In order to stay up to date with data analysis problematics and to contribute directly to the understanding of the fundamental constituents of matter, I joined the group searching for Higgs boson in the gold ZZ channel. This is one of the analyses that gave a large contribution to a Higgs-like particle discovery announced in July 2012 [5]. I continued my activity for Higgs data analysis contributing to the optimization of the selection used for the discovery and the study of the Higgs boson properties [6,7].

While the development of the FastTracker is in progress I'm disseminating the project results to allow a wider application of the FTK techniques. Both the ATLAS and CMS experiment are evaluating the Associative Memory technology for future tracking processors to be used for high-luminosity LHC (HL-LHC) upgrades. For the future this technology is moving from Level-2 application with typical events rate of 100kHz to Level-1 applications when events collected by the experiment need to be analyzed at rates up to 40MHz. Both ATLAS and CMS have shown great interest for use of the AM technology for the Level-1 track triggers that are in early design stages [8].

The associative memory processor for real-time pattern matching applications can be used for brain studies. The most convincing models that try to validate brain functioning hypothesis are extremely similar to the real time architectures we developed for HEP. The AM pattern matching function has demonstrated to be able to play a key role in high rate filtering/reduction tasks. The conjecture of [9]: "the brain works by dramatically reducing input information by selecting for higher-level processing and long-term storage only those input data that match a particular set of memorized patterns" matches well the Associative Memory algorithm. The use of the Associative Memory to verify this conjecture will be also part of a Marie Curie IAPP project starting in 2013. Furthermore, The Instituto de Plasmas e Fusion Nuclear (IPFN-IST) in Portugal recently manifested interest to study the use of Associative Memory technology in Plasma Tomography image reconstruction for the extraction of salient visual patterns for real-time control in nuclear fusion plasma experiments.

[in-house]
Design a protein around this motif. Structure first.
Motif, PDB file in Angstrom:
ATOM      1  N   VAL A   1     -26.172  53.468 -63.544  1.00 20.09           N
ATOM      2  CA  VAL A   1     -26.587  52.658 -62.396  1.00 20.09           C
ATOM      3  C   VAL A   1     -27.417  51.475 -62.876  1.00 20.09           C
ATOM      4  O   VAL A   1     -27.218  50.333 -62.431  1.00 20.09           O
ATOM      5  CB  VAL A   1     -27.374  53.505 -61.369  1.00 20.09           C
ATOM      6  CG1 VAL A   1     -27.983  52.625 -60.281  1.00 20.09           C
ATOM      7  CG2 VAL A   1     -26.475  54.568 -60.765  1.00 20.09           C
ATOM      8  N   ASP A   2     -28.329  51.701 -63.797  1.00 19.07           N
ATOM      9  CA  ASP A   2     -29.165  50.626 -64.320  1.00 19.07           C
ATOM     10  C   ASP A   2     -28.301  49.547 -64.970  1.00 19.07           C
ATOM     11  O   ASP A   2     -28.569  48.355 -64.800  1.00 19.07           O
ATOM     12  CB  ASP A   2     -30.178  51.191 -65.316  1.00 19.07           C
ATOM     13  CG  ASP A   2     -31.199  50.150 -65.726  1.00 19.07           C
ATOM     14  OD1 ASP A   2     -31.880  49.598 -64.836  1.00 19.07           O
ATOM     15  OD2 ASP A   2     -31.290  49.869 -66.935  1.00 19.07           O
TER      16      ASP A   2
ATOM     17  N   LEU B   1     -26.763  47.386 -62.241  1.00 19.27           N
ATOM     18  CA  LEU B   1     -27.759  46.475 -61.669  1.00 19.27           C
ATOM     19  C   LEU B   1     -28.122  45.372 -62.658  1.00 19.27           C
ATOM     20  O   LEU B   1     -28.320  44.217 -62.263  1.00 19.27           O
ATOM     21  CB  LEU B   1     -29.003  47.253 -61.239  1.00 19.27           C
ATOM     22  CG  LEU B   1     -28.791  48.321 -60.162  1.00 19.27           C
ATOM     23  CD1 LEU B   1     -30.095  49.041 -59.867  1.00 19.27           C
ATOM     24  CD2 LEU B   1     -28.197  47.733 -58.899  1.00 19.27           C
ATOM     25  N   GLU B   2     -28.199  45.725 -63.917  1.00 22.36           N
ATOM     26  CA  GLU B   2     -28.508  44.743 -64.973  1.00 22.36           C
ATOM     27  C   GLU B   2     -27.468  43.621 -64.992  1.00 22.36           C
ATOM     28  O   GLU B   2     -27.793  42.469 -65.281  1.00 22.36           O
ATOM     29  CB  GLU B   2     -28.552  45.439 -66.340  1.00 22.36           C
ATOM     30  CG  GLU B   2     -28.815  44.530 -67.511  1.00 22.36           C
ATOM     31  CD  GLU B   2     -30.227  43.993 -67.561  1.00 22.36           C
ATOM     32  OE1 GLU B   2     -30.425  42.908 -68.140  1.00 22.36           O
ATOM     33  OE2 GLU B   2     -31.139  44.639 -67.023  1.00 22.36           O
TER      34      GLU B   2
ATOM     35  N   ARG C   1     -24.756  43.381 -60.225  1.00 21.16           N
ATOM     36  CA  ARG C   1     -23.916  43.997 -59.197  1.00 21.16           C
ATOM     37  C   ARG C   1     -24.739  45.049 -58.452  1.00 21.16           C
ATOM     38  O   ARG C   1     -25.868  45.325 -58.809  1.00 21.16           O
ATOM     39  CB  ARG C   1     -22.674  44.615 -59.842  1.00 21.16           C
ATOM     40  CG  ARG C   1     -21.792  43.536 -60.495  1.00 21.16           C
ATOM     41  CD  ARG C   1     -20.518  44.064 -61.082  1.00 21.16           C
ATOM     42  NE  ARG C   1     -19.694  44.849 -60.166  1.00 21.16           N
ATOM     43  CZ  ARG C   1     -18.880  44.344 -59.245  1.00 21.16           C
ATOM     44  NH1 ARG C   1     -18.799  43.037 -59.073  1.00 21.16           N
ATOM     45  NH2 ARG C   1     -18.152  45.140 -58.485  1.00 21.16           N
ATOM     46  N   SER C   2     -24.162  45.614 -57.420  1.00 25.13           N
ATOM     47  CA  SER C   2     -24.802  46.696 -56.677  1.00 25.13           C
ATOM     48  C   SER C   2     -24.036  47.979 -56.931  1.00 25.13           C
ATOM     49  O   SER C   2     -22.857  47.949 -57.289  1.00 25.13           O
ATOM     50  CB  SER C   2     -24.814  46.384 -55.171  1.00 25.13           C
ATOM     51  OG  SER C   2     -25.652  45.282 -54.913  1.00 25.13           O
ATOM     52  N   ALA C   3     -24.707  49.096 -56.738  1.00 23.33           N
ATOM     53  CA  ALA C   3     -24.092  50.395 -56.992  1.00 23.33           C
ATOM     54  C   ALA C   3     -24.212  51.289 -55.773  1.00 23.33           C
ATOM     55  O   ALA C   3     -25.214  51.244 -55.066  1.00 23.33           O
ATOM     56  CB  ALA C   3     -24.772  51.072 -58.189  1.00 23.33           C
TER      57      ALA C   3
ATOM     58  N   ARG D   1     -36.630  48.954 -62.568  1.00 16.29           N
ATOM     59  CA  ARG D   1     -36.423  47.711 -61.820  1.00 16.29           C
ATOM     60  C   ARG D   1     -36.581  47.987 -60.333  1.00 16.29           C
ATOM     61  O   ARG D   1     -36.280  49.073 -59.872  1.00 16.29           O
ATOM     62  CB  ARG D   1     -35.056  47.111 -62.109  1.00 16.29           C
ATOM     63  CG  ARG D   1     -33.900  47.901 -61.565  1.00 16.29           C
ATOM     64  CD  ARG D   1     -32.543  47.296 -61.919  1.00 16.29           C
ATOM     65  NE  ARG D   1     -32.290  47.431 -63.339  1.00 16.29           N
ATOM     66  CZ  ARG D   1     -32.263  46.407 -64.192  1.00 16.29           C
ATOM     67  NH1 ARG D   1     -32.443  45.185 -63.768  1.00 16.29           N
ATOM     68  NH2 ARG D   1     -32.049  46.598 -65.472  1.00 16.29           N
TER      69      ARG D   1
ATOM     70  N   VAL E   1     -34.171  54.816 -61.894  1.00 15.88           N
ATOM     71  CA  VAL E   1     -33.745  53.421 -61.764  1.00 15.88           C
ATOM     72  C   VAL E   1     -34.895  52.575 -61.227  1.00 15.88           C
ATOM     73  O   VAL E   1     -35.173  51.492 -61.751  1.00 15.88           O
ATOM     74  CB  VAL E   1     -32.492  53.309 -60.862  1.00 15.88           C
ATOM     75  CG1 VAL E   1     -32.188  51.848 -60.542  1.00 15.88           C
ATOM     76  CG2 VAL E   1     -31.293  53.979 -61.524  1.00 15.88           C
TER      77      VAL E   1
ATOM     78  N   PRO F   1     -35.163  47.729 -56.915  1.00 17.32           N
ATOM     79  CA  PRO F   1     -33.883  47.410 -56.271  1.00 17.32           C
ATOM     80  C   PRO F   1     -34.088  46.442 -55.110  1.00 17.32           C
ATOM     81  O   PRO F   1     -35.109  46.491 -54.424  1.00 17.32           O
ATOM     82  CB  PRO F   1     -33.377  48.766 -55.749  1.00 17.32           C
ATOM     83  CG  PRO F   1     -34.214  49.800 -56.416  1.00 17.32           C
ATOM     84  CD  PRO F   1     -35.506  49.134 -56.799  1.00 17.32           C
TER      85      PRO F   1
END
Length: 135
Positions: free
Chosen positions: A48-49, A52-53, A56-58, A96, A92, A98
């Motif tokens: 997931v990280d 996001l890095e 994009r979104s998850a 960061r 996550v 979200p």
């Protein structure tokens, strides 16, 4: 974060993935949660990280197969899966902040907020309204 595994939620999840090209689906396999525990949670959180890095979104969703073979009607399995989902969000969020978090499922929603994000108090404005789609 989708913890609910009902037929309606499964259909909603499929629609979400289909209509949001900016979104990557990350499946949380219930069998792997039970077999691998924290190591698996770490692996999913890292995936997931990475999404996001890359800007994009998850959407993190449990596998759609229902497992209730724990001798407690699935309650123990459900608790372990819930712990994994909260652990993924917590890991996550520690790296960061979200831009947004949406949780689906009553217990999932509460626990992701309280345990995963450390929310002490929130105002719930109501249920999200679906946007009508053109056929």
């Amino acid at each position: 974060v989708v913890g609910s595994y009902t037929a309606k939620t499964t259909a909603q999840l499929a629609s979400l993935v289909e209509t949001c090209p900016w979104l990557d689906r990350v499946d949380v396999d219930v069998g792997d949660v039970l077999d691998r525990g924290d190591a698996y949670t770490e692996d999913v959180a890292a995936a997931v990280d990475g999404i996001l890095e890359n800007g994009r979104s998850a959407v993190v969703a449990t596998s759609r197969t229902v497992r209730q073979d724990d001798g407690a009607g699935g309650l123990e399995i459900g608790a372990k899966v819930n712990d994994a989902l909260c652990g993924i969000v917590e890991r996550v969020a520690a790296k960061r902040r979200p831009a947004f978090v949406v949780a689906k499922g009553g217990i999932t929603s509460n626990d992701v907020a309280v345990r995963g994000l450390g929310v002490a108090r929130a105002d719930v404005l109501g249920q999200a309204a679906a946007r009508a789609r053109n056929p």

[1] A. Andreazza et al., The FastTrack Real Time Processor and Its Impact on Muon Isolation, Tau and b-Jet Online

Selections at ATLAS, IEEE Trans. Nucl. Sci. 59, 348.

[2] "Fast Tracker Technical Design Report", CERN-LHCC-2013-007
[3] A. Annovi et al., A new "Variable Resolution Associative Memory" for High Energy Physics doi:10.1109/ANIMMA.2011.6172856

[4] A. Annovi et al., Associative Memory Design for the FastTrack Processor (FTK) at ATLAS IEEE 2011 Conference records, doi:10.1109/RTC.2010.5750451

[5] ATLAS Collaboration, Observation of a new particle in the search for the Standard Model Higgs boson with the ATLAS detector at the LHC, Phys.Lett. B716 (2012) 1-29, doi:10.1016/j.physletb.2012.08.020
[6] ATLAS Collaboration, Measurements of Higgs boson production and couplings in diboson final states with the ATLAS detector at the LHC. Phys. Lett. B 726 (2013), pp. 88-119
[7] ATLAS Collaboration, Evidence for the spin-0 nature of the Higgs boson using ATLAS data. Phys. Lett. B 726 (2013), pp. 120-144
[8] A. Annovi et al., Associative memory for L1 track triggering in LHC environment, Real Time Conference (RT), 2012 18th IEEE-NPSS, 10.1109/RTC.2012.6418193
[9] M. M. Del Viva, G. Punzi, D. Benedetti, "Information and Perception of Meaningful Patterns" PLoS ONE 8(7) (2013) doi: 10.1371/journal.pone.0069154